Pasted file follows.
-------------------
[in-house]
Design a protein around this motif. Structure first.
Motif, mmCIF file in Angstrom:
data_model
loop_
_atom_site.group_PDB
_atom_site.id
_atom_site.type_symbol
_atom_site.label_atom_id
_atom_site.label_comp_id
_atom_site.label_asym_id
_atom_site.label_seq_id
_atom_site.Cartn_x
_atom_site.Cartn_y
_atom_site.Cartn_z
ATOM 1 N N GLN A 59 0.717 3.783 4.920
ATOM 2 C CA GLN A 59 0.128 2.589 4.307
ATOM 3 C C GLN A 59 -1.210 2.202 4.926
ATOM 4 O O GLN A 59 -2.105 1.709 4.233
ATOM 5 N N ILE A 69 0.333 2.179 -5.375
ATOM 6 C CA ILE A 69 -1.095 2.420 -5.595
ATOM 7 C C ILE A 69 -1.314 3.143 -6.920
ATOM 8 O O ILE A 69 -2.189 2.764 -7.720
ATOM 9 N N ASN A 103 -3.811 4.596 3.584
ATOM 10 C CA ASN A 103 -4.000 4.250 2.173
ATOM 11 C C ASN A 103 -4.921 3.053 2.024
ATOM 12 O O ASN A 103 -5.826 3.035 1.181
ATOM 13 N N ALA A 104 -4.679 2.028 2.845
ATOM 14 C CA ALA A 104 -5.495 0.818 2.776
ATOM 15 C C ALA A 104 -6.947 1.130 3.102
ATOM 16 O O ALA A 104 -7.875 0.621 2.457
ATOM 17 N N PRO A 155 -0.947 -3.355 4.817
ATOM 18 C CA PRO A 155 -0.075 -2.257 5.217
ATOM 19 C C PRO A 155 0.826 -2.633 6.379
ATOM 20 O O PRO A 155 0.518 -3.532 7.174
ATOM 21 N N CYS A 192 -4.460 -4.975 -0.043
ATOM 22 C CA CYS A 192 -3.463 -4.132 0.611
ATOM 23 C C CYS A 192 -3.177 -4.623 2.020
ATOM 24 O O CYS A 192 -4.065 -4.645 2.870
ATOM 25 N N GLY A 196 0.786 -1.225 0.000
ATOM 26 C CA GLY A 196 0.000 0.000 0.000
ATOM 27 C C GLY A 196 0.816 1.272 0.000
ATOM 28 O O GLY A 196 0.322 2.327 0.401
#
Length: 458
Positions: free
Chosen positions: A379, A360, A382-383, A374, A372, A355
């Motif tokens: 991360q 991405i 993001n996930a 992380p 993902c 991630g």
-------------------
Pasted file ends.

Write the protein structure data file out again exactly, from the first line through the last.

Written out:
[in-house]
Design a protein around this motif. Structure first.
Motif, mmCIF file in Angstrom:
data_model
loop_
_atom_site.group_PDB
_atom_site.id
_atom_site.type_symbol
_atom_site.label_atom_id
_atom_site.label_comp_id
_atom_site.label_asym_id
_atom_site.label_seq_id
_atom_site.Cartn_x
_atom_site.Cartn_y
_atom_site.Cartn_z
ATOM 1 N N GLN A 59 0.717 3.783 4.920
ATOM 2 C CA GLN A 59 0.128 2.589 4.307
ATOM 3 C C GLN A 59 -1.210 2.202 4.926
ATOM 4 O O GLN A 59 -2.105 1.709 4.233
ATOM 5 N N ILE A 69 0.333 2.179 -5.375
ATOM 6 C CA ILE A 69 -1.095 2.420 -5.595
ATOM 7 C C ILE A 69 -1.314 3.143 -6.920
ATOM 8 O O ILE A 69 -2.189 2.764 -7.720
ATOM 9 N N ASN A 103 -3.811 4.596 3.584
ATOM 10 C CA ASN A 103 -4.000 4.250 2.173
ATOM 11 C C ASN A 103 -4.921 3.053 2.024
ATOM 12 O O ASN A 103 -5.826 3.035 1.181
ATOM 13 N N ALA A 104 -4.679 2.028 2.845
ATOM 14 C CA ALA A 104 -5.495 0.818 2.776
ATOM 15 C C ALA A 104 -6.947 1.130 3.102
ATOM 16 O O ALA A 104 -7.875 0.621 2.457
ATOM 17 N N PRO A 155 -0.947 -3.355 4.817
ATOM 18 C CA PRO A 155 -0.075 -2.257 5.217
ATOM 19 C C PRO A 155 0.826 -2.633 6.379
ATOM 20 O O PRO A 155 0.518 -3.532 7.174
ATOM 21 N N CYS A 192 -4.460 -4.975 -0.043
ATOM 22 C CA CYS A 192 -3.463 -4.132 0.611
ATOM 23 C C CYS A 192 -3.177 -4.623 2.020
ATOM 24 O O CYS A 192 -4.065 -4.645 2.870
ATOM 25 N N GLY A 196 0.786 -1.225 0.000
ATOM 26 C CA GLY A 196 0.000 0.000 0.000
ATOM 27 C C GLY A 196 0.816 1.272 0.000
ATOM 28 O O GLY A 196 0.322 2.327 0.401
#
Length: 458
Positions: free
Chosen positions: A379, A360, A382-383, A374, A372, A355
């Motif tokens: 991360q 991405i 993001n996930a 992380p 993902c 991630g």